The Morning Wrap: Kerala CM Gets Temporary Breather; Church Street Blast Accused Held

30/01/2016 9:22 AM IST | Updated 15/07/2016 8:26 AM IST
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INDIA - JUNE 28: Oommen Chandy, Chief Minister of Kerala with others at Ninth Meeting of the Inter-State Council in New Delhi, India (Photo by Sipra Das/The India Today Group/Getty Images)

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In a temporary breather for Kerala Chief Minister Oommen Chandy, the state's High Court put a stay for two months on a vigilance court's directive that a FIR be lodged against him in case of graft that has seen violent protests over the past two days.

In a major headway, more than a year after the Church Street blast in Bengaluru, the NIA arrested the prime accused in the case in which a woman was killed and three others were injured.

Around 140 prisoners of Nagpur Jail were allotted SBI ATM cards for use inside the premises, with plans to extend the service to all 800 prisoners. The inmates can swipe the cards in the canteen to purchase daily use items like soaps, hair oil, eatables against the payment they receive for doing works on the premises.

Here's some bad news for social media addicts. The photos of Narendra Modi and Francois Hollande — which earned the award for being the most awkward hug ever the moment it landed on Twitter — may not have been a 'hug' after all.

While Akshay Kumar's Airlift has met with appreciation from a majority of its audience, people who are more familiar with the details of the operation to evacuate thousands of Indians from Kuwait in 1990-91 have several bones to pick with the film.

Main News

Vipin Srivastava, who was the acting Vice-Chancellor of the University of Hyderabad, went on leave with effect from Friday afternoon. The next most senior professor, M Periasamy, was made the VC until further orders. The varsity has been on the boil following the suicide of research scholar Rohith Vemula on January 17.

More than two years after the Supreme Court turned down a plea to decriminalise gay sex in India, there is still hope for the LGBT community as the apex court has agreed to examine on February 2 whether it had erred in passing the judgment.

Political uncertainty in Jammu and Kashmir is set to continue until the weekend when the Peoples Democratic Party (PDP) will hold an internal meeting to discuss government formation. PDP president Mehbooba Mufti would meet party leaders, including legislators, at her Fairview home to decide on continuing the alliance with the BJP.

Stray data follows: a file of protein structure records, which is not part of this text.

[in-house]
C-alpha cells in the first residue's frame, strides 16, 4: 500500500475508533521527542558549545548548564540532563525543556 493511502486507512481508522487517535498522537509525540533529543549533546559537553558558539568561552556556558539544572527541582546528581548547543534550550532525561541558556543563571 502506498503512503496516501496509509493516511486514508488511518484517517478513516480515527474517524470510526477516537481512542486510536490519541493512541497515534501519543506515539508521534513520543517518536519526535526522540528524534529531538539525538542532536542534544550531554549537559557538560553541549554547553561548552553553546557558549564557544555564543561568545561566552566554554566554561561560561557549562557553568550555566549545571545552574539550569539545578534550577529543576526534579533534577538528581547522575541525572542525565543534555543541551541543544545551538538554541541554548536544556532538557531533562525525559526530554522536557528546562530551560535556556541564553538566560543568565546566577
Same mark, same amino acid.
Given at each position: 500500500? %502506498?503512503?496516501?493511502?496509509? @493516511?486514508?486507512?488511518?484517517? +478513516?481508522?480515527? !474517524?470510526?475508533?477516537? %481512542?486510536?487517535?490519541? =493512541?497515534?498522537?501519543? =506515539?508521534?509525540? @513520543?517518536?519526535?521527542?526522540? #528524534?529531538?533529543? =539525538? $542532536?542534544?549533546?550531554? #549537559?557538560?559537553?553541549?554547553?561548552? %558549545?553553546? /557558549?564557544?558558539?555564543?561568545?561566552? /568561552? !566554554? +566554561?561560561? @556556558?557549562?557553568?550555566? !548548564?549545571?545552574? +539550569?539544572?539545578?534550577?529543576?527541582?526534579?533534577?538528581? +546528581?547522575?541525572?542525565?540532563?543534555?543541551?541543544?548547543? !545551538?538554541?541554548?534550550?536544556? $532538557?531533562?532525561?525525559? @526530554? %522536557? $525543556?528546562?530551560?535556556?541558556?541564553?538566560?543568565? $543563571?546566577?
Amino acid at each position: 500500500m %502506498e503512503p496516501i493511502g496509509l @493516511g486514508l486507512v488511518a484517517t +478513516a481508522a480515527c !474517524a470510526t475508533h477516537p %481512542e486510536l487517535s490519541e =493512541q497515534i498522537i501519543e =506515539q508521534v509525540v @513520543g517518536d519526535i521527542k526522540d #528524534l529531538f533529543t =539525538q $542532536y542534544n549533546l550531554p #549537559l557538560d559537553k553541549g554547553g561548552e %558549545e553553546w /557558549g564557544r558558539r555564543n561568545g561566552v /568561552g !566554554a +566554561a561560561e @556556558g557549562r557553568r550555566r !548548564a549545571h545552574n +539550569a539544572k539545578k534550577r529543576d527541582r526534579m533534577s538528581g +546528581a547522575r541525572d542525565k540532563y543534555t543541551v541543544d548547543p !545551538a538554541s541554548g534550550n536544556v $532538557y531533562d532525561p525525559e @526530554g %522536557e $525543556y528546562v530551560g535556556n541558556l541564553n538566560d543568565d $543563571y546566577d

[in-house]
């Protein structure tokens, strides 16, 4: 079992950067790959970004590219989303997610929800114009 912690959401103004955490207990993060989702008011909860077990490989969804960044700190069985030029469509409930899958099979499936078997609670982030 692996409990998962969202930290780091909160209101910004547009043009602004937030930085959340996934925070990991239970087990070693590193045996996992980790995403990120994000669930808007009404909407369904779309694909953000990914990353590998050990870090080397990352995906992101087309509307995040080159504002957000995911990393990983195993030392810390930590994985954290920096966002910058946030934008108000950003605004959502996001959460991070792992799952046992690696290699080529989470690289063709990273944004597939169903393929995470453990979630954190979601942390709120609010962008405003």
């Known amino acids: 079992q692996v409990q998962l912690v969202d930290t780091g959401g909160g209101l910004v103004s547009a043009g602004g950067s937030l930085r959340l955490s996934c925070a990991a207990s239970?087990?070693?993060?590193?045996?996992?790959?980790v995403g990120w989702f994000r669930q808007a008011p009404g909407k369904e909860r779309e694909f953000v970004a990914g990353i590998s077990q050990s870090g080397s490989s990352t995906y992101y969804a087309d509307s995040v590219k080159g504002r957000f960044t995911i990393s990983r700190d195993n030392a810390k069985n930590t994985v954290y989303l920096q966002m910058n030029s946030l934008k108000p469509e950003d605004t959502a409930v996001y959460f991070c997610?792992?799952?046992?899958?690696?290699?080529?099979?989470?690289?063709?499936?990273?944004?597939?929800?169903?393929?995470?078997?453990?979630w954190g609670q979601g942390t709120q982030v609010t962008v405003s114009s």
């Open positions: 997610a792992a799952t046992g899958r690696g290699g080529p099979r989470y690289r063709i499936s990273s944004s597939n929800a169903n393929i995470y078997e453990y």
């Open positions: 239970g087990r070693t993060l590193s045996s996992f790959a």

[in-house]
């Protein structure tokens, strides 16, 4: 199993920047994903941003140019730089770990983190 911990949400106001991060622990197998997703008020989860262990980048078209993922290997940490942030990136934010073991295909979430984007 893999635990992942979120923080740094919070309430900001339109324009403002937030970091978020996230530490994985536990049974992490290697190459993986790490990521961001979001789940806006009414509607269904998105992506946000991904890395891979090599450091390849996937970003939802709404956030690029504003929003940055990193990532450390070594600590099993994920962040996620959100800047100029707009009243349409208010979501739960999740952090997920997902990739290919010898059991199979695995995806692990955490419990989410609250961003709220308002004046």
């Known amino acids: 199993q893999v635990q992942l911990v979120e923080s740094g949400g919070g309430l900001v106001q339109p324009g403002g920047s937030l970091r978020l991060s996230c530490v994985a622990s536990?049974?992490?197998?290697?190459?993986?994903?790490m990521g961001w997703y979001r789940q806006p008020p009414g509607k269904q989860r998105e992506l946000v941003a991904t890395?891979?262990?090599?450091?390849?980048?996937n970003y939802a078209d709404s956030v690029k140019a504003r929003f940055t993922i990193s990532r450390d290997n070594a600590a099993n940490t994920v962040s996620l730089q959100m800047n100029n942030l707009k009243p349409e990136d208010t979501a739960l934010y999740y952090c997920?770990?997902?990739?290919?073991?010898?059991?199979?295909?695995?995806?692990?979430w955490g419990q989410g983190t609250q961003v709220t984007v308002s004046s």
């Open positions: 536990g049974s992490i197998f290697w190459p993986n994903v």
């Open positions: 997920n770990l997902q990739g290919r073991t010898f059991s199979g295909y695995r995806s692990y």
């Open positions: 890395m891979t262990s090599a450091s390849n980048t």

Three Indians, said to have links with terrorist outfit Islamic State were detained and later arrested by the National Investigation Agency from the IGI airport in Delhi after they were deported from the UAE on India’s request.

The Centre is unlikely to allow Internet giant Google’s Street View service in India amid red flags raised by the Ministry of Defence and security agencies. Street View allows users to have a panoramic view of places in cities, as they would look in real life.

Off The Front Page

Ahmedabad now has a special hospital for injured birds. The hospital — set up to treat birds injured during the kite festival — took over 20,000 volunteers from 20 different NGOs to set up, and has been a roaring success.

Charles Bombardier, the man behind the concept aircraft Skreemr which could travel at Mach 10, has now unveiled the Antipode, a hypersonic jet that he claims will cover the distance between London and New York in a mind-boggling 11 minutes.

Indian classical instruments and ‘popular’ music took centre stage at Beating Retreat. While the ceremony — an age-old military tradition passed down to India from the British — used drums to call troops back from battle at sunset, it had never reverberated with the notes of Indian classical instruments such as sitar, tabla and santoor.

Veteran actress Waheeda Rehman was honoured with a special award for her contribution to the film industry at the Yashwant International Film Festival in Mumbai. The festival was organised from January 22 to 28 and around 60-65 movies were screened.


On 2 February, the Supreme Court will decide whether it wants to rethink its decision of keeping Section 377 in the statute books. The law effectively renders as “criminal” all lesbians, gays, bisexuals and the transgendered. As the guardian of the Constitution that gives all Indians fundamental rights of life, dignity and privacy, the Supreme Court must ask itself if it is doing justice to sexual minorities, writes Shivam Vij.

The social and ideological stresses of the 20th century divided the world into distinct camps; now, as we are forcing the planet's physical systems to change at the same breakneck pace, it seems possible that we'll see a replay of those divisions, this time along epidemiological lines, and as usual making life hardest for those who have done the least to cause our problems. The Zika virus provides a glimpse into a future we should do everything possible to avoid, a terrifying reminder why the fight for a stable physical planet is the fight of our time, writes Bill McKibben.

The death of Rohith Vemula might have ended up as a stray paragraph in the papers, but for the sustained agitation that began with a group of students of the Ambedkar Students’ Association at the University of Hyderabad. Rohith wanted to be a scientist and a writer, not a martyr. Inadvertently he may well end up as one, writes Namita Bhandare.

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